Change is often difficult if you lack a clear vision. If you are unaware of the current state of your organization, you will not be able to bring it to a desired future state. If you are unclear of the vision, the drivers of change and the implementers will lack clarity as well. It will derail the entire initiative. 

If you come prepared with clear project scope and a compelling narrative, it will lead to a smoother transition. You must address the preliminary questions such as: 

  • Why is the change needed? 
  • How will it affect our current state? 
  • How do you expect to get there? 

2. Ineffective change communication

Ineffective change communication is a major hindrance to the success of change initiatives within an organization, as it directly impacts employees’ understanding, acceptance, and engagement with the change process. 

Statistically, only 68% of managers know the actual reason for organizational change. This number declines from 53% to 40% for mid-level managers and frontline supervisors. Gartner suggests that due to poor change communication, 73% of employees experience moderate to high-stress levels, and the affected employees perform 5% less than an average employee.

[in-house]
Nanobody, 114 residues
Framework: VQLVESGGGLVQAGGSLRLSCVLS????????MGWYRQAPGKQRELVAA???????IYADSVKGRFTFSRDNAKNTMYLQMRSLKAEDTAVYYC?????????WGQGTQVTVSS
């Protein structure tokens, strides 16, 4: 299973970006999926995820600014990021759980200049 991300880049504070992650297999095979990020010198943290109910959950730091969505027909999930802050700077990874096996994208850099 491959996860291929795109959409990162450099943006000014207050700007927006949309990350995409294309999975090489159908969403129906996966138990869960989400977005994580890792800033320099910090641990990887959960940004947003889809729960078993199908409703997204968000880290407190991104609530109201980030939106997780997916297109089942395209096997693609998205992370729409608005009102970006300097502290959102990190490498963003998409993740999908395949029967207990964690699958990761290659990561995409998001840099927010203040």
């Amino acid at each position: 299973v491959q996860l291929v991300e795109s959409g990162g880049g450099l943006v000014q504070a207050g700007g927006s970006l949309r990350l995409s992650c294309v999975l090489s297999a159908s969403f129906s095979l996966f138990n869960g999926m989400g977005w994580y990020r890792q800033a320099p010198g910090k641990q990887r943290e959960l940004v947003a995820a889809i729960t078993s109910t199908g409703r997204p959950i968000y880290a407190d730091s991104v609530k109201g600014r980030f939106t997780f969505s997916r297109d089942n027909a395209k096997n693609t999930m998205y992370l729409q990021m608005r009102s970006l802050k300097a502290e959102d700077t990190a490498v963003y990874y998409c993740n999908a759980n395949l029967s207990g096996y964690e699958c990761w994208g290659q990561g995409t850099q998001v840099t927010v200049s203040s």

Instead of announcing the changes and expecting employees to adjust, try working on an effective communication strategy, that is, creating a two-way dialogue where employees feel heard and involved. This helps foster a positive and inclusive atmosphere conducive to successful change.

3. Strategic shortcomings

As a leader, consider this: is your strategy detailed enough to serve as a helpful guide throughout the transition?